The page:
At a data cutoff of August 27, 2021, 99.0% of those on the STRIDE regimen arm received treatment, 31.8% were still on the study, and 11.3% were still receiving treatment on the study. Just under 90% of patients (88.7%) discontinued treatment because of objective disease progression (47.0%), subjective disease progression (15.7%), toxicity (13.4%), another unspecified reason (6.2%), patient decision (4.9%), met discontinuation criteria (1.3%), or loss to follow-up (0.3%).
In the STRIDE regimen arm, the median age was 65.0 years (range, 22-86), and 83.2% of patients were male. Moreover, 39.7% of patients resided in Asia, excluding Japan, and 60.3% resided in the rest of the world, including Japan. Regarding viral etiology, 41.0% of patients had nonviral status, 31.0% had HBV, and 28.0% had HCV. The majority of patients (62.1%) had an ECOG performance status of 0, and the remainder had a status of 1.
Of the 393 patients in the STRIDE regimen arm, 40.7% received subsequent second-line anticancer therapies; 36.4% of these patients received targeted therapy, 1.8% received immunotherapy, 1.8% had cytotoxic chemotherapy, 0.3% received antiangiogenic therapy, and 0.3% received another form of treatment.
Additional data presented during the 2022 Gastrointestinal Cancers Symposium showed that the HR for OS for the time up to 9 months for the STRIDE regimen vs sorafenib was 0.87 (95% CI, 0.68-1.11); the HR for time after 9 months was 0.70 (95% CI, 0.56-0.89).
The median PFS achieved with the STRIDE regimen was 3.78 months (95% CI, 3.68-5.32; HR, 0.90; 95% CI, 0.77-1.05) vs 4.07 months (95% CI, 3.75-5.49) with sorafenib and 3.65 months (95% CI, 3.19-3.75) with durvalumab monotherapy (HR, 1.02; 95% CI, 0.88-1.19).
The median time to progression with the STRIDE regimen was 5.42 months (95% CI, 3.81-5.62) vs 3.75 months (95% CI, 3.68-5.42) with durvalumab monotherapy and 5.55 months (95% CI, 5.13-5.75) with sorafenib monotherapy.
The STRIDE regimen elicited an ORR of 20.1% vs 17.0% with durvalumab monotherapy and 5.1% with sorafenib, with a median DOR of 22.34 months, 16.82 months, and 18.43 months, respectively. The disease control rate achieved with the STRIDE regimen was 60.1% vs 54.8% with single-agent durvalumab and 60.7% with sorafenib.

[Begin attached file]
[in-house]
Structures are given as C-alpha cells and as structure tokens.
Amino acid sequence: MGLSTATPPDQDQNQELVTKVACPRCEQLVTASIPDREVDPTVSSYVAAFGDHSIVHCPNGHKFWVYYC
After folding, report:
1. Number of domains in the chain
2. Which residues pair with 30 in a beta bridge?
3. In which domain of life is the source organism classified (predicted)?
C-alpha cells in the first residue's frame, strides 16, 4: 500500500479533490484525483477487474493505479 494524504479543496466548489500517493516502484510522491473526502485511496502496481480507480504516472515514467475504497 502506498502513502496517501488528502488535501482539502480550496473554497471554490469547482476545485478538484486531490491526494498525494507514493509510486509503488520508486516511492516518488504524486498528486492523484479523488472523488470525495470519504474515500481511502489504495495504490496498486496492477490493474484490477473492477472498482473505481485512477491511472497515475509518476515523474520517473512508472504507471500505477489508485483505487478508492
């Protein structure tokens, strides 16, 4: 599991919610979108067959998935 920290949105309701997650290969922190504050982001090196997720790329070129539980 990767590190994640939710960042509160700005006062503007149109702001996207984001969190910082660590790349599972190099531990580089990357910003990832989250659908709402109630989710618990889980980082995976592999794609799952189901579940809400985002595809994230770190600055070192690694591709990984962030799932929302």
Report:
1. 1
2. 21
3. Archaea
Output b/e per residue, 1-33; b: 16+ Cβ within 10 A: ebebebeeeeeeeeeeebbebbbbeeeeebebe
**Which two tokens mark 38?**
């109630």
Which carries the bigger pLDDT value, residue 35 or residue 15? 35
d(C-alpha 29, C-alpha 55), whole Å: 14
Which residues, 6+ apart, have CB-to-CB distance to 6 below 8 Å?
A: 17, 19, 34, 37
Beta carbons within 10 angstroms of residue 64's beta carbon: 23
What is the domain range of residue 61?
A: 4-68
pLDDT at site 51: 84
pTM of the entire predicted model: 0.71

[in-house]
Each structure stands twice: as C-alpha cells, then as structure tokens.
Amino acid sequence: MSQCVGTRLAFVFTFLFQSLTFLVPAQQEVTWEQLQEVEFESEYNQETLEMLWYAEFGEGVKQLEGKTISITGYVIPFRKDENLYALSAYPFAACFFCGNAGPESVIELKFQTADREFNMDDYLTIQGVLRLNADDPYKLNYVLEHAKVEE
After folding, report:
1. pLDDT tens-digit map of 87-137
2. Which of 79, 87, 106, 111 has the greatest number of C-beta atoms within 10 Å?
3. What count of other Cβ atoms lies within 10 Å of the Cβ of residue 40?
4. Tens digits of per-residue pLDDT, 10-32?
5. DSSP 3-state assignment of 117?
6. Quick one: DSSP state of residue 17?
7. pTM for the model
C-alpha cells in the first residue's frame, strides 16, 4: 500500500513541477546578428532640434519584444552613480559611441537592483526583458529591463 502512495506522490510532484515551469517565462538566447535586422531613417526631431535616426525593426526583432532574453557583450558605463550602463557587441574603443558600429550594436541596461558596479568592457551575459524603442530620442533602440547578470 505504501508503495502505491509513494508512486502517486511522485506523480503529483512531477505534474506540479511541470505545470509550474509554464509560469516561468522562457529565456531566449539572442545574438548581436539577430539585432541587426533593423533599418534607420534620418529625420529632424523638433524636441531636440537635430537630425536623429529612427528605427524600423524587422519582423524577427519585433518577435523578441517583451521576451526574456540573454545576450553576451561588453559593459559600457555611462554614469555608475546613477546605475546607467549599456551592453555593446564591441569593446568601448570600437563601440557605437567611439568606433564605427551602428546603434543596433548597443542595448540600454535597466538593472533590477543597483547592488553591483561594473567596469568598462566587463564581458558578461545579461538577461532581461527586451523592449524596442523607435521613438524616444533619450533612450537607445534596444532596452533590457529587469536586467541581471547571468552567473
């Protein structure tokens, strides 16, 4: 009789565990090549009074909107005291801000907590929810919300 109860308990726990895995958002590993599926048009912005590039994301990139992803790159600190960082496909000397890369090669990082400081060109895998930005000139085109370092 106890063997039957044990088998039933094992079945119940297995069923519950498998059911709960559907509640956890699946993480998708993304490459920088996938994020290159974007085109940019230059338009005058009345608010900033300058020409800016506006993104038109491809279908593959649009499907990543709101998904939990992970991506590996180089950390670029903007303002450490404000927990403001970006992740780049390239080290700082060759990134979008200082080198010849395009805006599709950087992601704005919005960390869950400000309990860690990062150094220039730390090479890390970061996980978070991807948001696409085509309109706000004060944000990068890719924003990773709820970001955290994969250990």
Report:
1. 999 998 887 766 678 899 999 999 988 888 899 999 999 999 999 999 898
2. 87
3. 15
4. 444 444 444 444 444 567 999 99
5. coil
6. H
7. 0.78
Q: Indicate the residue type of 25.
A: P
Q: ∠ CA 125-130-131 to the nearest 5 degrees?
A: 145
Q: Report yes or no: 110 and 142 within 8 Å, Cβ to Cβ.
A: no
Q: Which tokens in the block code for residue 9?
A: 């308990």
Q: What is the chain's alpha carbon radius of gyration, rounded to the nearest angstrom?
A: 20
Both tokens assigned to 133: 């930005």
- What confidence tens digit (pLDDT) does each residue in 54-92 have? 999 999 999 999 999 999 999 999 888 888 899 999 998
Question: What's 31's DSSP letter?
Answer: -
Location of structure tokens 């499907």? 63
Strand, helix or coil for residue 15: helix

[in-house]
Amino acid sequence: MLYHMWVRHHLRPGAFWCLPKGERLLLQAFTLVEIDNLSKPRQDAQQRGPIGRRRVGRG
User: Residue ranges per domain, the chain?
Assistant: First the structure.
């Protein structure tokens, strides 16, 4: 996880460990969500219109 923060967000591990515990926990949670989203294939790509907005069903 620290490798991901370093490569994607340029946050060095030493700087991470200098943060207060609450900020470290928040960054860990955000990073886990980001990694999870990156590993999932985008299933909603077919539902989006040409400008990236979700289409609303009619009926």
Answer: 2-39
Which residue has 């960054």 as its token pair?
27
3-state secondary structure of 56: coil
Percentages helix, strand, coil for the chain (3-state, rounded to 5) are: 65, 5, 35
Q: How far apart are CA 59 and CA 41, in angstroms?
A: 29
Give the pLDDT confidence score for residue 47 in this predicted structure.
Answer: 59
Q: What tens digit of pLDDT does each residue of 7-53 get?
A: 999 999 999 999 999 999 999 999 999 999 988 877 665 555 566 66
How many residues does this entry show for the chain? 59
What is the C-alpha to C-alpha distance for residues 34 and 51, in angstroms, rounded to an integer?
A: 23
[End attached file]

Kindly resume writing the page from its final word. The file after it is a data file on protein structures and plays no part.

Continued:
Regarding safety, the toxicity profiles of the STRIDE regimen and single-agent durvalumab proved to be consistent with what has been previously reported for each agent. No new safety signals were observed.
Moreover, 97.4% of those who received the STRIDE regimen experienced any-grade toxicities vs 88.9% of those who received single-agent durvalumab, and 95.5% of patients who received sorafenib. Treatment-related adverse effects (AEs) were experienced by 75.8%, 52.1%, and 84.8% of patients, respectively. Grade 3 or 4 toxicities were reported by 50.5%, 37.1%, and 52.4% of patients, respectively; 25.8%, 12.9%, and 36.9% of patients, respectively, experienced grade 3 or 4 toxicities linked with treatment.
Nine patients in the STRIDE arm experienced a TRAE that resulted in death vs 0 patients on the durvalumab arm and 3 patients on the sorafenib arm. TRAEs resulted in discontinuation in 8.2% of those in the STRIDE regimen arm, 4.1% of those in the durvalumab arm, and 11.0% of those in the sorafenib arm.
Previously, in January 2020, the FDA granted an orphan drug designation to durvalumab and tremelimumab for use in the treatment of patients with HCC.3